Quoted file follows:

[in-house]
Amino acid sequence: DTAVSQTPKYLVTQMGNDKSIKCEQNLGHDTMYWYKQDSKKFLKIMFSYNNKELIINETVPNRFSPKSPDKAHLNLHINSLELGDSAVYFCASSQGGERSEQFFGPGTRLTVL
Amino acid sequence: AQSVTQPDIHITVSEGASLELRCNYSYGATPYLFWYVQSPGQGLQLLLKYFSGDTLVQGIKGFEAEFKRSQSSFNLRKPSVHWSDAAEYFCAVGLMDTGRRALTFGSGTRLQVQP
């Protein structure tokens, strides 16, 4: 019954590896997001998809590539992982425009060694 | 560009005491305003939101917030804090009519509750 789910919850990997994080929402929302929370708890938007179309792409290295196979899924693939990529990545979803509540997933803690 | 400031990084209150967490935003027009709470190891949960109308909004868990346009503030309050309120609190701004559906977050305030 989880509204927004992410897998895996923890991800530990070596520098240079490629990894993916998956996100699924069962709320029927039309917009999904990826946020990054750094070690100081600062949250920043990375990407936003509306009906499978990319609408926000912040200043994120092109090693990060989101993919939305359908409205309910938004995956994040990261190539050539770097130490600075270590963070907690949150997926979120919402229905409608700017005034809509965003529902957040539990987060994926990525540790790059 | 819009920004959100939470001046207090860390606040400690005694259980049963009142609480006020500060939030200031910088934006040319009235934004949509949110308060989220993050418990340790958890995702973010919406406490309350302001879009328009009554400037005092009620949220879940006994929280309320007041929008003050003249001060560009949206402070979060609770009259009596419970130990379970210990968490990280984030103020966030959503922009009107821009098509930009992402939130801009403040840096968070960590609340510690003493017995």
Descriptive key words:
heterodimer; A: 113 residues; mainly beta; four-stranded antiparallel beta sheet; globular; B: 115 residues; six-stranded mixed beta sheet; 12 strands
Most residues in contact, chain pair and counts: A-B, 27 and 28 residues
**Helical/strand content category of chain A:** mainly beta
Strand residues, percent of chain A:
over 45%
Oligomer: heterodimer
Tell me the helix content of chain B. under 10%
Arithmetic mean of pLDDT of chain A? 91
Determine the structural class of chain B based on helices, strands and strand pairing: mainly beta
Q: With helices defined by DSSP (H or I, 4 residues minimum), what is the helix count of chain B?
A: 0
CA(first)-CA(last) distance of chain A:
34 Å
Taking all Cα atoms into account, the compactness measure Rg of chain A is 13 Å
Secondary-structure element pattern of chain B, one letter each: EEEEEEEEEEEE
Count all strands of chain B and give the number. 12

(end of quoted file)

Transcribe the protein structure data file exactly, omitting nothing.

[in-house]
Amino acid sequence: DTAVSQTPKYLVTQMGNDKSIKCEQNLGHDTMYWYKQDSKKFLKIMFSYNNKELIINETVPNRFSPKSPDKAHLNLHINSLELGDSAVYFCASSQGGERSEQFFGPGTRLTVL
Amino acid sequence: AQSVTQPDIHITVSEGASLELRCNYSYGATPYLFWYVQSPGQGLQLLLKYFSGDTLVQGIKGFEAEFKRSQSSFNLRKPSVHWSDAAEYFCAVGLMDTGRRALTFGSGTRLQVQP
């Protein structure tokens, strides 16, 4: 019954590896997001998809590539992982425009060694 | 560009005491305003939101917030804090009519509750 789910919850990997994080929402929302929370708890938007179309792409290295196979899924693939990529990545979803509540997933803690 | 400031990084209150967490935003027009709470190891949960109308909004868990346009503030309050309120609190701004559906977050305030 989880509204927004992410897998895996923890991800530990070596520098240079490629990894993916998956996100699924069962709320029927039309917009999904990826946020990054750094070690100081600062949250920043990375990407936003509306009906499978990319609408926000912040200043994120092109090693990060989101993919939305359908409205309910938004995956994040990261190539050539770097130490600075270590963070907690949150997926979120919402229905409608700017005034809509965003529902957040539990987060994926990525540790790059 | 819009920004959100939470001046207090860390606040400690005694259980049963009142609480006020500060939030200031910088934006040319009235934004949509949110308060989220993050418990340790958890995702973010919406406490309350302001879009328009009554400037005092009620949220879940006994929280309320007041929008003050003249001060560009949206402070979060609770009259009596419970130990379970210990968490990280984030103020966030959503922009009107821009098509930009992402939130801009403040840096968070960590609340510690003493017995």
Descriptive key words:
heterodimer; A: 113 residues; mainly beta; four-stranded antiparallel beta sheet; globular; B: 115 residues; six-stranded mixed beta sheet; 12 strands
Most residues in contact, chain pair and counts: A-B, 27 and 28 residues
**Helical/strand content category of chain A:** mainly beta
Strand residues, percent of chain A:
over 45%
Oligomer: heterodimer
Tell me the helix content of chain B. under 10%
Arithmetic mean of pLDDT of chain A? 91
Determine the structural class of chain B based on helices, strands and strand pairing: mainly beta
Q: With helices defined by DSSP (H or I, 4 residues minimum), what is the helix count of chain B?
A: 0
CA(first)-CA(last) distance of chain A:
34 Å
Taking all Cα atoms into account, the compactness measure Rg of chain A is 13 Å
Secondary-structure element pattern of chain B, one letter each: EEEEEEEEEEEE
Count all strands of chain B and give the number. 12